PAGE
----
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A Conversation With Fidel

Marvin R. Shanken travels to Havana for an extensive interview with Fidel Castro.
Marvin R. Shanken
From the Print Edition:
Fidel Castro, Summer 94

(continued from page 9)

Shanken: From what I read, the American government is looking for Cuba to undergo political reform and improvement in its human rights.

Castro: That is the pretext that they use, and for many years they have used many different pretexts. At one time when we were in Africa, they used to say if the Cubans withdrew from Africa, then the relations would improve. That pretext was left behind. Later they said that when the links with the Soviet Union were cut off, then our relations would begin with the United States. Now the Soviet Union is not supporting us anymore, and nothing has changed. They keep on moving the goalposts back. Before it was Latin American subversion, the situation in Central America...and when they talk about reforms in Cuba, it is a precondition that we cannot accept because it has to do with independence and the sovereignty of our nation. It would be like if we were to give a precondition to the United States that it must change something in the Constitution in order for us to open up relations again. That's absurd.

As far as human rights, and I will try to keep my answer brief, no one in the world has done more than Cuba has done for human beings, for its citizens--no one else, in every sense. The best evidence of that is that our health programs have saved the lives of over 300,000 children, and we have been helping out in other places around the world with our doctors, medicines and knowledge, more than any other country in the world. So, I think that no other country has as unblemished behavior about human rights considering how much we have done for man. That is a legend. It is a fabrication. It is an unjustifiable pretext.

Shanken: There are two issues that seem to come up. The first is about the Soviet missiles [in Cuba] in the '60s aimed at the United States.

Castro: There are not any missiles anymore.

Shanken: The second issue regards compensation for the properties taken from private Cuban citizens at the time of the Revolution. I would like to know your thinking as to whether or not there is any way to satisfy the Cuban-Americans whose properties were taken so that we can move on to the bigger agenda of living together in a neighborly way?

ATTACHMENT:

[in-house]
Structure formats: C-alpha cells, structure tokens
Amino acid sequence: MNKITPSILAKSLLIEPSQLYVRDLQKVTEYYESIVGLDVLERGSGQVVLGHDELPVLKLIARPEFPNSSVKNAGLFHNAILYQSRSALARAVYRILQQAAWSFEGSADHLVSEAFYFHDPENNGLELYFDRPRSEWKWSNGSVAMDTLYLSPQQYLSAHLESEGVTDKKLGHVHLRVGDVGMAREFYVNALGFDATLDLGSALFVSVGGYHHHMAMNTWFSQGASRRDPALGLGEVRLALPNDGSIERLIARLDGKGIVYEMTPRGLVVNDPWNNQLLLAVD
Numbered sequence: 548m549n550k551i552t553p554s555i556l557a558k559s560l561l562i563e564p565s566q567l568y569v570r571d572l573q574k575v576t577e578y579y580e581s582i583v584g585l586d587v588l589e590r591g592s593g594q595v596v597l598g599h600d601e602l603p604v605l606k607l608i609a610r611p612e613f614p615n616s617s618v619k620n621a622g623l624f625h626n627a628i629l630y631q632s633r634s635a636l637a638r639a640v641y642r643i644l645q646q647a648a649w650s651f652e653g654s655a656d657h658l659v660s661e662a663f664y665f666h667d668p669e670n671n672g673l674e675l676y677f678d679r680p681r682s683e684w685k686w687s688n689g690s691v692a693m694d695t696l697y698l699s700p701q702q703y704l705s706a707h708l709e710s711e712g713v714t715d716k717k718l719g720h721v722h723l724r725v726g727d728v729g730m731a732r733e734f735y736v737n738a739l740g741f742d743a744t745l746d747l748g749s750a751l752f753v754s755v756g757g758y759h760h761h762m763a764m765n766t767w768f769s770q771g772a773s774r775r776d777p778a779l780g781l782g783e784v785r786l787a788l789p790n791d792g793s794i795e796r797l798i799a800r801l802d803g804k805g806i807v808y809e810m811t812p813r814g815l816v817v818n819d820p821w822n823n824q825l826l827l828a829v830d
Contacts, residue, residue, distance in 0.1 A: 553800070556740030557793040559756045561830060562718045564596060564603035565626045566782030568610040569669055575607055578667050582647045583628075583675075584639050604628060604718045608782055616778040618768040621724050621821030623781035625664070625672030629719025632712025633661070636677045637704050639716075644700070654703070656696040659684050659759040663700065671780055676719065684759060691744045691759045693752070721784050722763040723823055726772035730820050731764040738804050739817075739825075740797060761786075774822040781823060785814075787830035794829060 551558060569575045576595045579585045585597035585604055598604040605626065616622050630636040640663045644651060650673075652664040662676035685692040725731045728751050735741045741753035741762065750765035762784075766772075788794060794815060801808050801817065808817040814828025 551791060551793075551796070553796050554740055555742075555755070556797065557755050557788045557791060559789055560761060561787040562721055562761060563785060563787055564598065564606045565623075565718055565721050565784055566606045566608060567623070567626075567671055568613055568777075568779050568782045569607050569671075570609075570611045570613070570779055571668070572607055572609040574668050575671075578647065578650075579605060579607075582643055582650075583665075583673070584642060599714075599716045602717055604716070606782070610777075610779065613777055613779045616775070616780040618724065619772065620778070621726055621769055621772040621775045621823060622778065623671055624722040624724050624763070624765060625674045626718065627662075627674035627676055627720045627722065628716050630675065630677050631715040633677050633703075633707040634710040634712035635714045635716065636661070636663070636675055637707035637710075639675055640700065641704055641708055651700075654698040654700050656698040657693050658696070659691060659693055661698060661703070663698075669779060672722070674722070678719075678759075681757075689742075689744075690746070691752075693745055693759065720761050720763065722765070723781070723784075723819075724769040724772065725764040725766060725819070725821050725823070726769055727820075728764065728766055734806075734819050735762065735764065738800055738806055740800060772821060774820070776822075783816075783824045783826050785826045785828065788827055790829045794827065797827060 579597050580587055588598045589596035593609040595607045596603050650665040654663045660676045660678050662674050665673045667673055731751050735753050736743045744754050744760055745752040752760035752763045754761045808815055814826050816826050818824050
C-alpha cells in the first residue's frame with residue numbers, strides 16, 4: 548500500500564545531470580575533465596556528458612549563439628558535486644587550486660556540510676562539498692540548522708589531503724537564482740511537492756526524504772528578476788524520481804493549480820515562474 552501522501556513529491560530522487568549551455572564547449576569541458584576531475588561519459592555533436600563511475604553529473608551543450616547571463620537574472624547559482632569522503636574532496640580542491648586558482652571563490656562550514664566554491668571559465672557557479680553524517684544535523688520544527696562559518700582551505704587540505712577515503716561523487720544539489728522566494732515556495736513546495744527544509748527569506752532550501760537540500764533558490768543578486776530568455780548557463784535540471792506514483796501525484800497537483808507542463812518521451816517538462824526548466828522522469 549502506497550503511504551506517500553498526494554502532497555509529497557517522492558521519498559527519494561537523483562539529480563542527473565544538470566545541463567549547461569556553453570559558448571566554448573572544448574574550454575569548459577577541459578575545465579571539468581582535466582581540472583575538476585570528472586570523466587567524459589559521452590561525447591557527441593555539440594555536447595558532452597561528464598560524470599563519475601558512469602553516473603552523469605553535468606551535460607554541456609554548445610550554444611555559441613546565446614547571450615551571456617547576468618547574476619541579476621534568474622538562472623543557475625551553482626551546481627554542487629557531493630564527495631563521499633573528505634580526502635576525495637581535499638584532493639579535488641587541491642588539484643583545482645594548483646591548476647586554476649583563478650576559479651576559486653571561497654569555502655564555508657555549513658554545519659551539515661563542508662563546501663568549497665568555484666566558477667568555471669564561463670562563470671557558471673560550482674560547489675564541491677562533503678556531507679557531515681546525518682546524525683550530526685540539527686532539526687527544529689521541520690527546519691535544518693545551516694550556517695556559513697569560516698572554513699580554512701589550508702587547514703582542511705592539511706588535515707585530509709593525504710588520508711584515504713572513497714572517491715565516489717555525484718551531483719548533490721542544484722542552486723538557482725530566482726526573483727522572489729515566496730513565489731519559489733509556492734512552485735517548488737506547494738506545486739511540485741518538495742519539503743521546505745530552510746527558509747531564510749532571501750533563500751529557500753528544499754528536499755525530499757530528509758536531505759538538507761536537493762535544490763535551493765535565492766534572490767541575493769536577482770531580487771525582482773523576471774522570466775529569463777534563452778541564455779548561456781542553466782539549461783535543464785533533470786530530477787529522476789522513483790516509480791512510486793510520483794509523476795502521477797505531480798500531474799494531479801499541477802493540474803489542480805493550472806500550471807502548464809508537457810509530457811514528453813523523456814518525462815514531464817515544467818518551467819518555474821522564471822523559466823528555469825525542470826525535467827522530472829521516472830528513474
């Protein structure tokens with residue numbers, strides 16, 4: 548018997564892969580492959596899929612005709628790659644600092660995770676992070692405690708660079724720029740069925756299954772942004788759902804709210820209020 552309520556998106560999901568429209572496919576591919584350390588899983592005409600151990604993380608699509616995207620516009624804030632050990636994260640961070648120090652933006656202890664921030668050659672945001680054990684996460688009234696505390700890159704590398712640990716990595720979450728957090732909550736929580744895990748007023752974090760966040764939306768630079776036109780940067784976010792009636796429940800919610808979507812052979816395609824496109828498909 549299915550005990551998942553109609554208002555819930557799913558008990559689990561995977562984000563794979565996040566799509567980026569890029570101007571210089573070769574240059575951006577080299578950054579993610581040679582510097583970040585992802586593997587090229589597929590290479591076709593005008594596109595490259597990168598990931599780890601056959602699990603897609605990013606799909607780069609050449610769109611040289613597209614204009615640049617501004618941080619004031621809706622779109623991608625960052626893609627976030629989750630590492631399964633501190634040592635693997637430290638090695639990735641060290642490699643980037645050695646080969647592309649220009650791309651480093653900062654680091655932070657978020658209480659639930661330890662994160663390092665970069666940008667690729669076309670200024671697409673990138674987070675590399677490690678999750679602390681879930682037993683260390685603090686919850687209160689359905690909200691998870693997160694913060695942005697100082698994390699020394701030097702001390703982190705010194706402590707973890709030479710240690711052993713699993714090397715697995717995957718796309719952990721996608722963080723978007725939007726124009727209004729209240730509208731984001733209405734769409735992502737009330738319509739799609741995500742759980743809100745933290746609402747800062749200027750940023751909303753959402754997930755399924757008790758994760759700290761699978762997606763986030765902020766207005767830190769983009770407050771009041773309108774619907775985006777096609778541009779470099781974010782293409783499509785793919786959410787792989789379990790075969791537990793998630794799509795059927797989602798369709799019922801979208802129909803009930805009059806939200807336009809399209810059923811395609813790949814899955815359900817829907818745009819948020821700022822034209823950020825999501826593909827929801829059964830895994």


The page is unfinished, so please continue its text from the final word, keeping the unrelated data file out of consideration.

Castro: Those thousands of Cubans whose economic situation were affected by the Revolution were people who had experience in business, and thanks to the Revolution, they were given facilities in the United States that they would have never received if the Revolution had not been victorious. Those people are wealthier now than they were in Cuba. That they owe to the Revolution.

It would be to create a hope that our country were in an economic situation which would allow it to compensate those people whose property was taken. We cannot create that expectation because we do not have the resources and, also, because of the blockade, our country has been suffering great losses, several billion dollars' worth. We are a small country, and the blockade has been very harmful to us. Now we are suffering more with the demise of the Soviet Union and the socialist states, with which we supported ourselves. But we are still striving. We are putting up a fight, and we are trying our best.

You can be assured that, if, instead of Cubans there were Americans here setting the example that we are setting as far as our capacity for struggle and resistance, the American nation would be proud.

Shanken: Perhaps people in Washington will read this interview and begin to think more about how this impasse can be overcome.


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